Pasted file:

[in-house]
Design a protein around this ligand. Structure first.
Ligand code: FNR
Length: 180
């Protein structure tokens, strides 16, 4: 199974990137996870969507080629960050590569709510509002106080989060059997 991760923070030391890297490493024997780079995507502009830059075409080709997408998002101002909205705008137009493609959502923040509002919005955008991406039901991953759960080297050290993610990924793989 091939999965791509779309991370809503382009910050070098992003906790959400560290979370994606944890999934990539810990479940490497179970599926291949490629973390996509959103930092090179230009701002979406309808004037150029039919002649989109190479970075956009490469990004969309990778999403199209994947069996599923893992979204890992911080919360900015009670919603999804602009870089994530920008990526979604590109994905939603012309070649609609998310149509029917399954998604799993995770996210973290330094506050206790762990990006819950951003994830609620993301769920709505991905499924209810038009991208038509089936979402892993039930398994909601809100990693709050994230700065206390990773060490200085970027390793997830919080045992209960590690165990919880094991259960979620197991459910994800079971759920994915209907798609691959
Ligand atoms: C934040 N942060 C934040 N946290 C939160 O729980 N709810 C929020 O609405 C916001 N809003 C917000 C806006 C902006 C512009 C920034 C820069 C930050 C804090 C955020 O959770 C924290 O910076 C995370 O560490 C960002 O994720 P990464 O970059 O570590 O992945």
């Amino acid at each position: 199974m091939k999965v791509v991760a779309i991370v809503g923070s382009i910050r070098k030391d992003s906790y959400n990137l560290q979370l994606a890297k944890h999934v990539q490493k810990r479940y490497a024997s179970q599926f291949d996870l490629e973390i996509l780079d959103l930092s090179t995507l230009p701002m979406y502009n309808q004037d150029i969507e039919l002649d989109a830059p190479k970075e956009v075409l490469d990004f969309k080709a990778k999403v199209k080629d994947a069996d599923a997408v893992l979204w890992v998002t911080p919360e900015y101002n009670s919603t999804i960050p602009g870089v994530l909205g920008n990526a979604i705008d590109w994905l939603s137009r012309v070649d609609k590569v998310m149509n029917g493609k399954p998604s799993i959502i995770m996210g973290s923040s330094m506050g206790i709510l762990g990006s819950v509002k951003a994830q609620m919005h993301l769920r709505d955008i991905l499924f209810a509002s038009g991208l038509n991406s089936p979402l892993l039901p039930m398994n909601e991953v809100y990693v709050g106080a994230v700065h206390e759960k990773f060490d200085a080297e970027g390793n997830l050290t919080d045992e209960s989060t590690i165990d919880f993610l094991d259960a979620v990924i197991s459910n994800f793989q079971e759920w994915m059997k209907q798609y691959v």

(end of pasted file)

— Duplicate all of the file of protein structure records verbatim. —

[in-house]
Design a protein around this ligand. Structure first.
Ligand code: FNR
Length: 180
């Protein structure tokens, strides 16, 4: 199974990137996870969507080629960050590569709510509002106080989060059997 991760923070030391890297490493024997780079995507502009830059075409080709997408998002101002909205705008137009493609959502923040509002919005955008991406039901991953759960080297050290993610990924793989 091939999965791509779309991370809503382009910050070098992003906790959400560290979370994606944890999934990539810990479940490497179970599926291949490629973390996509959103930092090179230009701002979406309808004037150029039919002649989109190479970075956009490469990004969309990778999403199209994947069996599923893992979204890992911080919360900015009670919603999804602009870089994530920008990526979604590109994905939603012309070649609609998310149509029917399954998604799993995770996210973290330094506050206790762990990006819950951003994830609620993301769920709505991905499924209810038009991208038509089936979402892993039930398994909601809100990693709050994230700065206390990773060490200085970027390793997830919080045992209960590690165990919880094991259960979620197991459910994800079971759920994915209907798609691959
Ligand atoms: C934040 N942060 C934040 N946290 C939160 O729980 N709810 C929020 O609405 C916001 N809003 C917000 C806006 C902006 C512009 C920034 C820069 C930050 C804090 C955020 O959770 C924290 O910076 C995370 O560490 C960002 O994720 P990464 O970059 O570590 O992945």
């Amino acid at each position: 199974m091939k999965v791509v991760a779309i991370v809503g923070s382009i910050r070098k030391d992003s906790y959400n990137l560290q979370l994606a890297k944890h999934v990539q490493k810990r479940y490497a024997s179970q599926f291949d996870l490629e973390i996509l780079d959103l930092s090179t995507l230009p701002m979406y502009n309808q004037d150029i969507e039919l002649d989109a830059p190479k970075e956009v075409l490469d990004f969309k080709a990778k999403v199209k080629d994947a069996d599923a997408v893992l979204w890992v998002t911080p919360e900015y101002n009670s919603t999804i960050p602009g870089v994530l909205g920008n990526a979604i705008d590109w994905l939603s137009r012309v070649d609609k590569v998310m149509n029917g493609k399954p998604s799993i959502i995770m996210g973290s923040s330094m506050g206790i709510l762990g990006s819950v509002k951003a994830q609620m919005h993301l769920r709505d955008i991905l499924f209810a509002s038009g991208l038509n991406s089936p979402l892993l039901p039930m398994n909601e991953v809100y990693v709050g106080a994230v700065h206390e759960k990773f060490d200085a080297e970027g390793n997830l050290t919080d045992e209960s989060t590690i165990d919880f993610l094991d259960a979620v990924i197991s459910n994800f793989q079971e759920w994915m059997k209907q798609y691959v």